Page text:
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What is Money Laundering and Why is it Illegal?

Money laundering is a common topic on police shows and in spy movies. It sounds dramatic and it adds spice to the plot of the show. However, most people do not actually know what laundering money really is and why it is illegal.

If you have been charged with money laundering, you need a strong defense attorney.
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What is Money Laundering?

According to the federal government, money laundering occurs when a person obtains money in an illegal manner and tries to hide, disguise, or conceal the nature of the money, the source of the money, or control of that money. In simpler terms, when money is gained from illegal purposes, a person who tries to hide where that money came from by using it for legitimate purposes is committing the criminal act of money laundering.

A typical money laundering theme in movies shows a mobster robbing a bank. Then, after returning from the crime spree, the mobster “funnels” the money through his construction business as “payment for services” that was not really completed. The money is then accounted for legally, the business pays taxes on these funds, and the money is “washed.”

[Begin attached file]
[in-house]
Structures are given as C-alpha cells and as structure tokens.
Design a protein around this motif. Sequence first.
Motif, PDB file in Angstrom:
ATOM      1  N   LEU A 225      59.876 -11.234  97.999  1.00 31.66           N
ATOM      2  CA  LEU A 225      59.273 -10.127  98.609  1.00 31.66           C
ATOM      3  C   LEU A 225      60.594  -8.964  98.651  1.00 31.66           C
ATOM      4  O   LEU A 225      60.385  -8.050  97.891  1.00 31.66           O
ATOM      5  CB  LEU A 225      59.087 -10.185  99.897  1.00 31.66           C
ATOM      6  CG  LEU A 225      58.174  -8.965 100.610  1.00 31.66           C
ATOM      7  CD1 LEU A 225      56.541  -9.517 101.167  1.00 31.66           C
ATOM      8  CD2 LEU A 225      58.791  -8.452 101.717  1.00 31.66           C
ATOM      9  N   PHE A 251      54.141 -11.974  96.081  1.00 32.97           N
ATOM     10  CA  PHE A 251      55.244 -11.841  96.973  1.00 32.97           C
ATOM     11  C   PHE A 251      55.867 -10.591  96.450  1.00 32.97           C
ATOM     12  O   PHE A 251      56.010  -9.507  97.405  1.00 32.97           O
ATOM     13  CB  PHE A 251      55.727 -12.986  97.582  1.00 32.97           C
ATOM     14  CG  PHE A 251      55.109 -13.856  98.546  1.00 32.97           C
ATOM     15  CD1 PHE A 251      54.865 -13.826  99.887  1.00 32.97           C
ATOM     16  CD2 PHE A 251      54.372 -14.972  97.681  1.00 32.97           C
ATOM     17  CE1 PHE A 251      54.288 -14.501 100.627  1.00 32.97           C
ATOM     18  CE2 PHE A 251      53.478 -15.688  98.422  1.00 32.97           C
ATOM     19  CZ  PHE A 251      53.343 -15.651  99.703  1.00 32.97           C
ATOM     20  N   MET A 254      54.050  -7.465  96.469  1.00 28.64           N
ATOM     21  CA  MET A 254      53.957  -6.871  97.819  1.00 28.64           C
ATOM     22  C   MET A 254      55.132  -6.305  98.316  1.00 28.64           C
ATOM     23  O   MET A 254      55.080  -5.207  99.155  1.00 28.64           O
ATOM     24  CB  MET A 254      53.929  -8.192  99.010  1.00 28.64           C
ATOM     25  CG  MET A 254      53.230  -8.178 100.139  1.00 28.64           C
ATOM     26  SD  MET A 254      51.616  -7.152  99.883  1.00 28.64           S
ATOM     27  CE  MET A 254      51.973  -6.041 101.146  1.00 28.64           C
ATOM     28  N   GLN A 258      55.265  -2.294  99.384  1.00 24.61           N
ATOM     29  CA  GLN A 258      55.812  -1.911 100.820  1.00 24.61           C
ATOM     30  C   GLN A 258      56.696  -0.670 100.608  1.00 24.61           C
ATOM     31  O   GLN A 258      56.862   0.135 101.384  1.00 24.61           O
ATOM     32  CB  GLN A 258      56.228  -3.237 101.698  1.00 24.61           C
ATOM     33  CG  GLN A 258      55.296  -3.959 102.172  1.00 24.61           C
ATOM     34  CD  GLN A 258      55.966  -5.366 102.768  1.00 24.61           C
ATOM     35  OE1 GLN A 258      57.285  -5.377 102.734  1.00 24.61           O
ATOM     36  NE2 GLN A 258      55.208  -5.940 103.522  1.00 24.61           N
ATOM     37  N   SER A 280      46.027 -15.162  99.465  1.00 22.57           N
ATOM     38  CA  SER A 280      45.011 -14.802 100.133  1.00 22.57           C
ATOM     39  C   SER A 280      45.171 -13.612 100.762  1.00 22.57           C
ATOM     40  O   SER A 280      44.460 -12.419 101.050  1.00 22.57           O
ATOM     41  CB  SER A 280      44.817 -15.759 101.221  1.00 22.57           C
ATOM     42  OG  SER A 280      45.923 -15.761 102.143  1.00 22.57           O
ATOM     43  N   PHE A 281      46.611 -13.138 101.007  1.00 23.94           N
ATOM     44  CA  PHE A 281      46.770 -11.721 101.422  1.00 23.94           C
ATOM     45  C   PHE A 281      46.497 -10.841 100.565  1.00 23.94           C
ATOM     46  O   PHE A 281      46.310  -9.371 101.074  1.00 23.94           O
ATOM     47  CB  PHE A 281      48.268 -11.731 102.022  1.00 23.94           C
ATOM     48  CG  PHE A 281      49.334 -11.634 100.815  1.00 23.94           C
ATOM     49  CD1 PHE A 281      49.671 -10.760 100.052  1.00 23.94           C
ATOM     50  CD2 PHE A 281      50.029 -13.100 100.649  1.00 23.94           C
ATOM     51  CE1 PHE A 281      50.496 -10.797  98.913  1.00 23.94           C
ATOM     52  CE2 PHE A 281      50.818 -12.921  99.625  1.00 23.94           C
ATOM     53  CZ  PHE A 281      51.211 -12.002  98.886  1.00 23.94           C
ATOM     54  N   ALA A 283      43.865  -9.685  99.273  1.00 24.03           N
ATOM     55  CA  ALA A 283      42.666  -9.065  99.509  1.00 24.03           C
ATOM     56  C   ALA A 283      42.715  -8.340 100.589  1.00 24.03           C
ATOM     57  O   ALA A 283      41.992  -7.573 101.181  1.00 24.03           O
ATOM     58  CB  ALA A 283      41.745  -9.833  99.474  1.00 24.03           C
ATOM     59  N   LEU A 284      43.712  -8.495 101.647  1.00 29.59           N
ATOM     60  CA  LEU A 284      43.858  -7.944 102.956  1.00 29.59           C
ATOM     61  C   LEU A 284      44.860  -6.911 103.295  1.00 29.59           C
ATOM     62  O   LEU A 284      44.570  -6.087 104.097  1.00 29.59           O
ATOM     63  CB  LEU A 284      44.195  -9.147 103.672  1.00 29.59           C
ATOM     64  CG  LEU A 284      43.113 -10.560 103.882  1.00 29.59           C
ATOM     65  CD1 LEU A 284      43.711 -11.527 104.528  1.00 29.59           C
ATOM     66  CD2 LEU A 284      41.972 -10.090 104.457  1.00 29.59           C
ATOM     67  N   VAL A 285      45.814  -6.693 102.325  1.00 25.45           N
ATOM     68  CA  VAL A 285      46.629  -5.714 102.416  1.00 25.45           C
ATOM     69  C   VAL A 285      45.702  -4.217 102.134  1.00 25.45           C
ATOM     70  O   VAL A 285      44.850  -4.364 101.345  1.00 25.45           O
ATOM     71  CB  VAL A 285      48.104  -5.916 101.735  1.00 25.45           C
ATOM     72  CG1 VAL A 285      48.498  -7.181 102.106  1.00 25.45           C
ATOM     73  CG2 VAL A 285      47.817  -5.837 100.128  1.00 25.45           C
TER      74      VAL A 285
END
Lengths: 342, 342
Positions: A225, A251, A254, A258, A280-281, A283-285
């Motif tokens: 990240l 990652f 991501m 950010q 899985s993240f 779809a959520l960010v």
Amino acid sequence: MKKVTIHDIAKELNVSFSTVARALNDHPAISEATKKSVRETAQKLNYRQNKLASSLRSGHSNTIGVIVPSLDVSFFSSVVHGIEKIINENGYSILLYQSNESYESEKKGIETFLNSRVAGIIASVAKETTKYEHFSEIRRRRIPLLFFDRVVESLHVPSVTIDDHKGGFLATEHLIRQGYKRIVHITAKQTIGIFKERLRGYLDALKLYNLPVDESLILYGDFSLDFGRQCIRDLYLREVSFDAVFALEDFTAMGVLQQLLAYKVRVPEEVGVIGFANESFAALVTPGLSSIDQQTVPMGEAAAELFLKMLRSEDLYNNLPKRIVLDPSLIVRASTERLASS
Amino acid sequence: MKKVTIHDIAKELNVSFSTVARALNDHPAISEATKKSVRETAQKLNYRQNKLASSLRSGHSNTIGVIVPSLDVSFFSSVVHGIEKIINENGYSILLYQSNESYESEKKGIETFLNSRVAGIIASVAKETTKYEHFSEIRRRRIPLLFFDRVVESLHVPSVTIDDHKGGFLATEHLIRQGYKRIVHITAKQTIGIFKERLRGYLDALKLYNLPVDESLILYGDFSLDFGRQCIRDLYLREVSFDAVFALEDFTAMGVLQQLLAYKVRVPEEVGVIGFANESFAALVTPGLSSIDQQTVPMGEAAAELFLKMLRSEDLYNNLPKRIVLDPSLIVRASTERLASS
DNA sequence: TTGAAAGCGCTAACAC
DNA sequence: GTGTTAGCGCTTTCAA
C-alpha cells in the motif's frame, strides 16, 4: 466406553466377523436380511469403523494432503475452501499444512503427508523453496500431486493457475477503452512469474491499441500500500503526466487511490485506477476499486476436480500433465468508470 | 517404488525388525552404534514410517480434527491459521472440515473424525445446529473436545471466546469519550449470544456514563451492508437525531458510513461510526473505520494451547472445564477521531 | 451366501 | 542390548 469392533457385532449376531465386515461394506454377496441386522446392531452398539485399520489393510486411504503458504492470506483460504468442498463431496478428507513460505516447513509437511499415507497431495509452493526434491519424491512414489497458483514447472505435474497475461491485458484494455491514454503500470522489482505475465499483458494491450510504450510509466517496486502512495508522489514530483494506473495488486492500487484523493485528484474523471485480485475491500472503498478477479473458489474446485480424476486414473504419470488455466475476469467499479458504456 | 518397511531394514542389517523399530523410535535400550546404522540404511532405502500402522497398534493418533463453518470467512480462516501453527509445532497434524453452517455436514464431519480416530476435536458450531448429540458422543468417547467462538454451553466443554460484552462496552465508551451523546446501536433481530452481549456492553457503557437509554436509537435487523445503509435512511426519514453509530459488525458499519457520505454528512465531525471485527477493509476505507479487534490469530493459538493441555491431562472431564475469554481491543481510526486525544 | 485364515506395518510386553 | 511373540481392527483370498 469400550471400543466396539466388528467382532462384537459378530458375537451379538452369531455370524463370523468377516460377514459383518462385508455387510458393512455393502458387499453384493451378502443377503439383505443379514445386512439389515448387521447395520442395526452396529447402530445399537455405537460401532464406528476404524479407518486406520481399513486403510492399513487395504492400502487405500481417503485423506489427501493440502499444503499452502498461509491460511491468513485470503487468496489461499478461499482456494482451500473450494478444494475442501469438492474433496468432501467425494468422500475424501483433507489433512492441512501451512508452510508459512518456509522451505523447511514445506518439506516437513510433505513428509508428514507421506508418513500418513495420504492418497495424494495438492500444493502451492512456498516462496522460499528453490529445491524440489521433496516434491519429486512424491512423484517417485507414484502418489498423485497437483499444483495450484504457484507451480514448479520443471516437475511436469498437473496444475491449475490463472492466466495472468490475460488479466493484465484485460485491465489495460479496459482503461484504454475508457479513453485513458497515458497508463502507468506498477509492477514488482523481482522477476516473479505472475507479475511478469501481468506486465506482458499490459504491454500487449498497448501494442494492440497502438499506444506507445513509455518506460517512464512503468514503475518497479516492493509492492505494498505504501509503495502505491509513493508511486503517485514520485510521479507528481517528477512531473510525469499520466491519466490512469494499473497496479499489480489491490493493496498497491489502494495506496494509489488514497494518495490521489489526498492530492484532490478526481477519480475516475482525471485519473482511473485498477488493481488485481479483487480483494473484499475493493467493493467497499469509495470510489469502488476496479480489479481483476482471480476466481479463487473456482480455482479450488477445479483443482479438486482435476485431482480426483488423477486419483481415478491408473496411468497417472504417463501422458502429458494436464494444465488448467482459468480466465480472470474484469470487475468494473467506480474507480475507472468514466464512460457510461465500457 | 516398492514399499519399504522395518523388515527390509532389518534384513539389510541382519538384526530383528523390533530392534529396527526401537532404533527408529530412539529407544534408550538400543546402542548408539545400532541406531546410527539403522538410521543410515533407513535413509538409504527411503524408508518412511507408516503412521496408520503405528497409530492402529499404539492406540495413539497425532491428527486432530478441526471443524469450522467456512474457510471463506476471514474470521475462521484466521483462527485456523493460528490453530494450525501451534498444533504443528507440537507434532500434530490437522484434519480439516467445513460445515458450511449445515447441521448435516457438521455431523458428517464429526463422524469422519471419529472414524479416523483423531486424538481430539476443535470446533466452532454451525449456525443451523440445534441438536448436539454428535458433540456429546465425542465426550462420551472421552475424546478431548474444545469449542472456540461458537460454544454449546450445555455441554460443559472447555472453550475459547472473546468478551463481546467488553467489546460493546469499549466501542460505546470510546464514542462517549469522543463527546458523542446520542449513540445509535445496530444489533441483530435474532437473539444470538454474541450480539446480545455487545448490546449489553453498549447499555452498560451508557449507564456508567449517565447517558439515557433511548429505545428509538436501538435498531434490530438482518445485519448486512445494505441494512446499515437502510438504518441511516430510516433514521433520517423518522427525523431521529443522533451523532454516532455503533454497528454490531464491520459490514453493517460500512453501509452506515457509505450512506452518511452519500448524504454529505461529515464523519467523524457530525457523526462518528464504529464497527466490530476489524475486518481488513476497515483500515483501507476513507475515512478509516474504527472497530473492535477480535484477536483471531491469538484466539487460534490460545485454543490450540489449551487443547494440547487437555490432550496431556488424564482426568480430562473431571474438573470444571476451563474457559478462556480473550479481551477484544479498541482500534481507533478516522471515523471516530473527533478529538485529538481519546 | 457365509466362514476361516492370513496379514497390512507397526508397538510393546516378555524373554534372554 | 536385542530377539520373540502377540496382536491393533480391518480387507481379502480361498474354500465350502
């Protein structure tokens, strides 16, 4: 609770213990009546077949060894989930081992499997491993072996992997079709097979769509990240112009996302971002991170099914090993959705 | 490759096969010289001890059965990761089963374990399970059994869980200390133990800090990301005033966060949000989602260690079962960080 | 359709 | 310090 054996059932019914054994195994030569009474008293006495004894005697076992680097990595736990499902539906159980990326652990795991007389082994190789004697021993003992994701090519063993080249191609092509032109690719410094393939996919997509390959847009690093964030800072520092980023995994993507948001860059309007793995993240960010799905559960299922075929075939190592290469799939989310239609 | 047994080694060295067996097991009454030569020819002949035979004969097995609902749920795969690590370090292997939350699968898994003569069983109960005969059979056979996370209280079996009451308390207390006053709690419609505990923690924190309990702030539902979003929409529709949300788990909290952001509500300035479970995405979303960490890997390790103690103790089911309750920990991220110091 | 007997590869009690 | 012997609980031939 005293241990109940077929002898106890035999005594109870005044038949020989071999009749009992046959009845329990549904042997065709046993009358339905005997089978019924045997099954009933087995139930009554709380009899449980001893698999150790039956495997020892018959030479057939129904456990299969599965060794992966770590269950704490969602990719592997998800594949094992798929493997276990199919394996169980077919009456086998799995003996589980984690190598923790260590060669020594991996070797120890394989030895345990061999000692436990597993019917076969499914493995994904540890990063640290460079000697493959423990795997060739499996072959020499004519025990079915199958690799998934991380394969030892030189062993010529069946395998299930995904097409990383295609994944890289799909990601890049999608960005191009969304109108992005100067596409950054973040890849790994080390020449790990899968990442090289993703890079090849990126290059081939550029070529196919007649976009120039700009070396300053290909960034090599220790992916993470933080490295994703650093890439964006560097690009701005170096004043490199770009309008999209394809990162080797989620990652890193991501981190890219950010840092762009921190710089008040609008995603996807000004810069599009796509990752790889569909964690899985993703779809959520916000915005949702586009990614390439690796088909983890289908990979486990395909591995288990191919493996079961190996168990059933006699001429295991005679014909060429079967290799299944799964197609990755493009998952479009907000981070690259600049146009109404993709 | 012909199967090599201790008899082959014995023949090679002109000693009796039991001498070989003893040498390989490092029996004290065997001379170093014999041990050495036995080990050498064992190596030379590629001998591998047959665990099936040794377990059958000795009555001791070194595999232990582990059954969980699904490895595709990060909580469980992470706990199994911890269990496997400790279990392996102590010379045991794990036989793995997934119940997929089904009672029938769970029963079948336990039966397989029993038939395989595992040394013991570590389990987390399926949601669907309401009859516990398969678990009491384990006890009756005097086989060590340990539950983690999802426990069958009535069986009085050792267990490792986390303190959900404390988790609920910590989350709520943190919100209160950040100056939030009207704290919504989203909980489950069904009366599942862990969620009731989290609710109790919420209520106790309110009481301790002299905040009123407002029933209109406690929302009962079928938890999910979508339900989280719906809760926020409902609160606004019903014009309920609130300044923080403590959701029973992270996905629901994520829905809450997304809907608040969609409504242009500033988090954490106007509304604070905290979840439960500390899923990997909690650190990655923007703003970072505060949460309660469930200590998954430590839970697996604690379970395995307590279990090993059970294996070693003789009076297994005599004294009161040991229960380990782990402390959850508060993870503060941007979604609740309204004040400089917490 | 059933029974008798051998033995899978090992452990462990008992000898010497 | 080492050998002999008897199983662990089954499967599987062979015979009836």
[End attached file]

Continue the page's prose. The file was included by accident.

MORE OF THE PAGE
The “Capone Factor”

You may ask yourself why a criminal would go through all the efforts of cleaning money that they had gotten illegally so that they could pay taxes on it. No one likes to pay taxes, so it would seem ridiculous that someone committing a crime would willingly do so. The answer to that question is simple: Al Capone.

Al Capone was one of the most notorious gangsters from the early 1930’s. Notorious for bank robberies, boot legging, and even suspected of several different other crimes including murder, Al Capone was at the top of the list of gangsters.

Capone and his gang were incredibly smart and the police and other law enforcement services could never connect him to any of the alleged crimes they believe that he was connected to. There was never any evidence. However, the Internal Revenue Service came up with an idea: audit his bookkeeping. After an intense investigation, it was discovered that the money that Al Capone had did not match his income level. Capone was charged with tax evasion and sent to prison for 30 years.

It did not take long for other gangsters and those involved in criminal activity to realize the potential of being sent to prison for tax evasion if they were not caught for their actual crimes. Criminals then began to hide their money and misdirect their ill-gotten cash so that taxes were always paid on the wealth that they enjoyed.

Common Money Laundering Schemes

Money laundering can occur in a variety of manners. The schemes can be very complex or very simple. However they occur, they are still all considered illegal. Some of the most common schemes include:

  • Funneling through a Cash Business. Several businesses are famous for accepting a lot of cash for their transactions. This includes home repair, lawn services, food vendors, paid parking lots, strip clubs and bars, casinos, and beauty salons. Many people create receipts for services never provided and wash the money through the business.